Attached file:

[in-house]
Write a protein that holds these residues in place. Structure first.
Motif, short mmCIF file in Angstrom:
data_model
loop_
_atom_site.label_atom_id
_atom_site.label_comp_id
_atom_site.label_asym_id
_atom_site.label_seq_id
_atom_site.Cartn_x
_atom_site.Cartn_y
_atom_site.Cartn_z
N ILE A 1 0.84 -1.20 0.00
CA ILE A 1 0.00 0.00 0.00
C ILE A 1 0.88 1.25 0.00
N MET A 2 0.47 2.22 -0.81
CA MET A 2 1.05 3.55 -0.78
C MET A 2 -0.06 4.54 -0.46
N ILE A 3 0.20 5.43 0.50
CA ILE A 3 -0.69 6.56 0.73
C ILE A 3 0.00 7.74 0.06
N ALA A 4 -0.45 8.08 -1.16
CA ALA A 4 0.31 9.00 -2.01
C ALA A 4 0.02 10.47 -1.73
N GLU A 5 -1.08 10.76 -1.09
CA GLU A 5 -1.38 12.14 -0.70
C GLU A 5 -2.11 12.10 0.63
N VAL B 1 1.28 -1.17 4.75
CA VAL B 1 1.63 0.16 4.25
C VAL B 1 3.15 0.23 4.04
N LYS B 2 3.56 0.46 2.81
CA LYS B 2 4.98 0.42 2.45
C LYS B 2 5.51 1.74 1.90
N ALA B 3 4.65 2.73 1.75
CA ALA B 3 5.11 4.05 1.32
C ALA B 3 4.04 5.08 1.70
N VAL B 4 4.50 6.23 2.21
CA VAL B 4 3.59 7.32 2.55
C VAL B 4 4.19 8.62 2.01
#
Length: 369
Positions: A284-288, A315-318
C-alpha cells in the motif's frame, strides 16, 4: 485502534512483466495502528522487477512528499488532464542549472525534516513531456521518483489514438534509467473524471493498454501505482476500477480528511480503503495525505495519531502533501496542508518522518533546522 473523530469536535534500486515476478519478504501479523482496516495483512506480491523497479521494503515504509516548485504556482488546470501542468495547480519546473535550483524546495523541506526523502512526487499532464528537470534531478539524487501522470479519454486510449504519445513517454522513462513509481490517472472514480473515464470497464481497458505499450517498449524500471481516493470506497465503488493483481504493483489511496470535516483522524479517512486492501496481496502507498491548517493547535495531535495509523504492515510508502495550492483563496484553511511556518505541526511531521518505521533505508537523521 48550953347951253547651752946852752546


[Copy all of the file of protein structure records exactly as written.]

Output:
[in-house]
Write a protein that holds these residues in place. Structure first.
Motif, short mmCIF file in Angstrom:
data_model
loop_
_atom_site.label_atom_id
_atom_site.label_comp_id
_atom_site.label_asym_id
_atom_site.label_seq_id
_atom_site.Cartn_x
_atom_site.Cartn_y
_atom_site.Cartn_z
N ILE A 1 0.84 -1.20 0.00
CA ILE A 1 0.00 0.00 0.00
C ILE A 1 0.88 1.25 0.00
N MET A 2 0.47 2.22 -0.81
CA MET A 2 1.05 3.55 -0.78
C MET A 2 -0.06 4.54 -0.46
N ILE A 3 0.20 5.43 0.50
CA ILE A 3 -0.69 6.56 0.73
C ILE A 3 0.00 7.74 0.06
N ALA A 4 -0.45 8.08 -1.16
CA ALA A 4 0.31 9.00 -2.01
C ALA A 4 0.02 10.47 -1.73
N GLU A 5 -1.08 10.76 -1.09
CA GLU A 5 -1.38 12.14 -0.70
C GLU A 5 -2.11 12.10 0.63
N VAL B 1 1.28 -1.17 4.75
CA VAL B 1 1.63 0.16 4.25
C VAL B 1 3.15 0.23 4.04
N LYS B 2 3.56 0.46 2.81
CA LYS B 2 4.98 0.42 2.45
C LYS B 2 5.51 1.74 1.90
N ALA B 3 4.65 2.73 1.75
CA ALA B 3 5.11 4.05 1.32
C ALA B 3 4.04 5.08 1.70
N VAL B 4 4.50 6.23 2.21
CA VAL B 4 3.59 7.32 2.55
C VAL B 4 4.19 8.62 2.01
#
Length: 369
Positions: A284-288, A315-318
C-alpha cells in the motif's frame, strides 16, 4: 485502534512483466495502528522487477512528499488532464542549472525534516513531456521518483489514438534509467473524471493498454501505482476500477480528511480503503495525505495519531502533501496542508518522518533546522 473523530469536535534500486515476478519478504501479523482496516495483512506480491523497479521494503515504509516548485504556482488546470501542468495547480519546473535550483524546495523541506526523502512526487499532464528537470534531478539524487501522470479519454486510449504519445513517454522513462513509481490517472472514480473515464470497464481497458505499450517498449524500471481516493470506497465503488493483481504493483489511496470535516483522524479517512486492501496481496502507498491548517493547535495531535495509523504492515510508502495550492483563496484553511511556518505541526511531521518505521533505508537523521 48550953347951253547651752946852752546